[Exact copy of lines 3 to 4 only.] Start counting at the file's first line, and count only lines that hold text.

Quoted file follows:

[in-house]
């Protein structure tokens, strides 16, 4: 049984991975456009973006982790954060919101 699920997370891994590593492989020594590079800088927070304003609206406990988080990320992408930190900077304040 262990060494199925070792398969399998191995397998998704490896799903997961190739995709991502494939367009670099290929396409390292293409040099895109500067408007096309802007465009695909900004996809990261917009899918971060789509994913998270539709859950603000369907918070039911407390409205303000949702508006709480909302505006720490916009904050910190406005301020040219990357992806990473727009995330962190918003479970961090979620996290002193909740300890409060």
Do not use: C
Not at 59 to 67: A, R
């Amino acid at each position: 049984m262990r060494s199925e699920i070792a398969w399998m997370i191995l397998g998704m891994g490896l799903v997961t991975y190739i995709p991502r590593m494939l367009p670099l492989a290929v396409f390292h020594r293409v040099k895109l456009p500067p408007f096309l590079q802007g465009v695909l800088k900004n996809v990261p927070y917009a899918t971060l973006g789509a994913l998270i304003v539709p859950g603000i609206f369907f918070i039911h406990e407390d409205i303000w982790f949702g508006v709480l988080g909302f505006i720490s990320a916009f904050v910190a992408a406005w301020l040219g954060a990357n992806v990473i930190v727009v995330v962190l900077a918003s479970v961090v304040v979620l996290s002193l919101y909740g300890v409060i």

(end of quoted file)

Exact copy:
Do not use: C
Not at 59 to 67: A, R